Research in Motion boss Thorsten Heins reckons BlackBerry 10 will rescue the ailing company. "We’re here to win," he told Bloomberg, and apparently he wasn't even joking! "We’re not here to fight for third or fourth place," he continued, which is just adorable.
How everyone in the room kept a straight face I'll never know. On a more serious note though, the BlackBerry boss also dropped more hints about the possibility of licensing BlackBerry 10 software to other manufacturers.
BlackBerry 10 is based on the company's QNX operating system, which it licenses to companies such as General Electrics, Cisco and Caterpillar and powers kit including cars, nuclear plants and military drones. Whoa there -- the folks at BlackBerry can't make email work on their own tablet, I'd rather they weren't allowed anywhere near nuclear stations or stuff with missiles, if it's all the same to you.
Whether it'll happen remains to be seen, but it's in RIM's interest to keep talking about licensing. BlackBerry software certainly looks like RIM's biggest asset -- when reports emerged earlier this month Samsung was considering a licensing deal, RIM stock leaped 13 per cent.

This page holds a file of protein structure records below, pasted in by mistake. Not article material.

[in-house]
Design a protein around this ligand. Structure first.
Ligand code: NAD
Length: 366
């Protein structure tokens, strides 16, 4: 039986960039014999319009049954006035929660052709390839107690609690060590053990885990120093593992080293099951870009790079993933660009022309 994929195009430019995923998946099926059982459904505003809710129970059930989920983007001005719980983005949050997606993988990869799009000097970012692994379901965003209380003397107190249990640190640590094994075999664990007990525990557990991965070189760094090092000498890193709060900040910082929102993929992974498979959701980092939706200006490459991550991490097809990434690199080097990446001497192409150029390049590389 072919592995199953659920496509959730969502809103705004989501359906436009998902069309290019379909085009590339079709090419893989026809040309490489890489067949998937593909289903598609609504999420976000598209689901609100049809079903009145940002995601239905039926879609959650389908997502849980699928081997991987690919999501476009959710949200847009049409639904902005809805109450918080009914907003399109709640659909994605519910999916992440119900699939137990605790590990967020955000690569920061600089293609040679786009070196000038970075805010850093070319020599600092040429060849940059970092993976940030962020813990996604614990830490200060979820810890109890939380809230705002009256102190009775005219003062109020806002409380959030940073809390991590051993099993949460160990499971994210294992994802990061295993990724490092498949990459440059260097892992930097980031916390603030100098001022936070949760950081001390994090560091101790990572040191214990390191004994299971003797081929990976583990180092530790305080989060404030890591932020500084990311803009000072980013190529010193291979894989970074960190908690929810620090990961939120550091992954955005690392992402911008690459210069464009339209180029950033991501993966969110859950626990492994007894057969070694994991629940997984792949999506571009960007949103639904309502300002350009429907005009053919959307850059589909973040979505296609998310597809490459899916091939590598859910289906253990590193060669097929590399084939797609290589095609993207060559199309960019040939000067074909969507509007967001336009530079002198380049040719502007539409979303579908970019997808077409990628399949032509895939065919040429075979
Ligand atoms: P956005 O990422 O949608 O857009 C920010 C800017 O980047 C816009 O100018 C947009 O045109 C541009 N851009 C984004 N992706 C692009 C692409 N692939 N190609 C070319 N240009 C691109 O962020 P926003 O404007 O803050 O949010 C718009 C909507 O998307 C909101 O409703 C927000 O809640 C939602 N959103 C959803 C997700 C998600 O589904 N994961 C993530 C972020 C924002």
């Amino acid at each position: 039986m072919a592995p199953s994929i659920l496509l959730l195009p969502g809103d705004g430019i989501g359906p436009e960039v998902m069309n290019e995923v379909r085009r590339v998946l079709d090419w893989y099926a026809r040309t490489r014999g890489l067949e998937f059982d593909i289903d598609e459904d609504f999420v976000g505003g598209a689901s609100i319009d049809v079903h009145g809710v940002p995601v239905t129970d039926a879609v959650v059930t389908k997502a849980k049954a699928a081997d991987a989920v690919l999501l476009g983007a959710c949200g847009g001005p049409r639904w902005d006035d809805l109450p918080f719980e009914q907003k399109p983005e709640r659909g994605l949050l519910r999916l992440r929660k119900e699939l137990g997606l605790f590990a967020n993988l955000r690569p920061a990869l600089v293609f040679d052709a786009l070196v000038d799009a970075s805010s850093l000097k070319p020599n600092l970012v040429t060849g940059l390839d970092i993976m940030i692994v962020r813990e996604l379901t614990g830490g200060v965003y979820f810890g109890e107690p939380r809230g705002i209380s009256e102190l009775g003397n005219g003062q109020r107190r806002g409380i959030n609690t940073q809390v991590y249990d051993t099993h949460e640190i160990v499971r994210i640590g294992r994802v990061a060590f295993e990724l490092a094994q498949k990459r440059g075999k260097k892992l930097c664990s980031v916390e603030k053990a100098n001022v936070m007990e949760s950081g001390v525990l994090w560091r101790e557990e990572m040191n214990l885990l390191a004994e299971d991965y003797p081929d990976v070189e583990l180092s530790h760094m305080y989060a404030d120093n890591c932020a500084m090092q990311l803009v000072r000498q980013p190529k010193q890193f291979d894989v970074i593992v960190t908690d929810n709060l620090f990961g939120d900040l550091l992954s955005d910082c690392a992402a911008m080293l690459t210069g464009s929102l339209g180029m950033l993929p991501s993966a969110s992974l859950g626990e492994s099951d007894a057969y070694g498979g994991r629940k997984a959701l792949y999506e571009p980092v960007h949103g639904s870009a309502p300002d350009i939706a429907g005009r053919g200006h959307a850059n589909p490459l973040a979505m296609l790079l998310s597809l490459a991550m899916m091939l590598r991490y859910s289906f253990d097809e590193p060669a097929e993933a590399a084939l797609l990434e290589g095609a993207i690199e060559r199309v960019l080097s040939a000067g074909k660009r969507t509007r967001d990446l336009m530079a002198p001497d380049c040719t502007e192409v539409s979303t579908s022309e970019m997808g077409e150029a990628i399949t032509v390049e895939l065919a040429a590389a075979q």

Long known for its business-friendly kit, RIM has been left behind by the rise of the consumer smart phone. But as more and more people use their own phone for work, the security of BlackBerry software is in demand -- and licensing would mean you could have that security without having to endure a BlackBerry phone.
BlackBerry 10 is in the final testing stages, but the first BlackBerry 10 phone isn't expected early next year. C'mon guys, Google and Asus knocked the Nexus 7 out in four months! Meanwhile, RIM is also planning a 4G version of the failed PlayBook tablet, but we won't see that here as we don't have a working 4G network yet.
Should RIM license its software? Do other manufacturers need BlackBerry know-how, or is RIM clutching at straws? Tell me your thoughts in the comments or on our Facebook page.